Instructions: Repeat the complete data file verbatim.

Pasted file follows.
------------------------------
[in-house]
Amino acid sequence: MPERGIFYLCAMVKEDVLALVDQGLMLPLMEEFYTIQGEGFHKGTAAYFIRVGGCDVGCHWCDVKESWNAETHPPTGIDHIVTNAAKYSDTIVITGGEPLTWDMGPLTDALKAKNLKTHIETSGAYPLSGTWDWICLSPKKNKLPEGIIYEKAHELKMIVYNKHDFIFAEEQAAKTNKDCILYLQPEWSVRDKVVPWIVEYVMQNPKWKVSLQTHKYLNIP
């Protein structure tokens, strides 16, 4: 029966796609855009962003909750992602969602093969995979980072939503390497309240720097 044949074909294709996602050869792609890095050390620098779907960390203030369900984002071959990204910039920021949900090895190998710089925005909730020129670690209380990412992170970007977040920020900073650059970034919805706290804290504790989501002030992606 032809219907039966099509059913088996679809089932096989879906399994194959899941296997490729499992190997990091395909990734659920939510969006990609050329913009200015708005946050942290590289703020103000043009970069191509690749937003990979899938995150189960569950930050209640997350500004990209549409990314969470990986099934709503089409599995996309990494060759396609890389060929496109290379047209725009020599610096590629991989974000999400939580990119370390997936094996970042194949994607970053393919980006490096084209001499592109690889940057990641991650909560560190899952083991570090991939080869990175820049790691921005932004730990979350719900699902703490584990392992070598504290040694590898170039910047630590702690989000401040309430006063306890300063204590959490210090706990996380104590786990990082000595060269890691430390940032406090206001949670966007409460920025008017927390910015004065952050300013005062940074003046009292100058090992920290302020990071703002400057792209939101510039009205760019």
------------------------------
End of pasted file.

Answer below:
[in-house]
Amino acid sequence: MPERGIFYLCAMVKEDVLALVDQGLMLPLMEEFYTIQGEGFHKGTAAYFIRVGGCDVGCHWCDVKESWNAETHPPTGIDHIVTNAAKYSDTIVITGGEPLTWDMGPLTDALKAKNLKTHIETSGAYPLSGTWDWICLSPKKNKLPEGIIYEKAHELKMIVYNKHDFIFAEEQAAKTNKDCILYLQPEWSVRDKVVPWIVEYVMQNPKWKVSLQTHKYLNIP
């Protein structure tokens, strides 16, 4: 029966796609855009962003909750992602969602093969995979980072939503390497309240720097 044949074909294709996602050869792609890095050390620098779907960390203030369900984002071959990204910039920021949900090895190998710089925005909730020129670690209380990412992170970007977040920020900073650059970034919805706290804290504790989501002030992606 032809219907039966099509059913088996679809089932096989879906399994194959899941296997490729499992190997990091395909990734659920939510969006990609050329913009200015708005946050942290590289703020103000043009970069191509690749937003990979899938995150189960569950930050209640997350500004990209549409990314969470990986099934709503089409599995996309990494060759396609890389060929496109290379047209725009020599610096590629991989974000999400939580990119370390997936094996970042194949994607970053393919980006490096084209001499592109690889940057990641991650909560560190899952083991570090991939080869990175820049790691921005932004730990979350719900699902703490584990392992070598504290040694590898170039910047630590702690989000401040309430006063306890300063204590959490210090706990996380104590786990990082000595060269890691430390940032406090206001949670966007409460920025008017927390910015004065952050300013005062940074003046009292100058090992920290302020990071703002400057792209939101510039009205760019």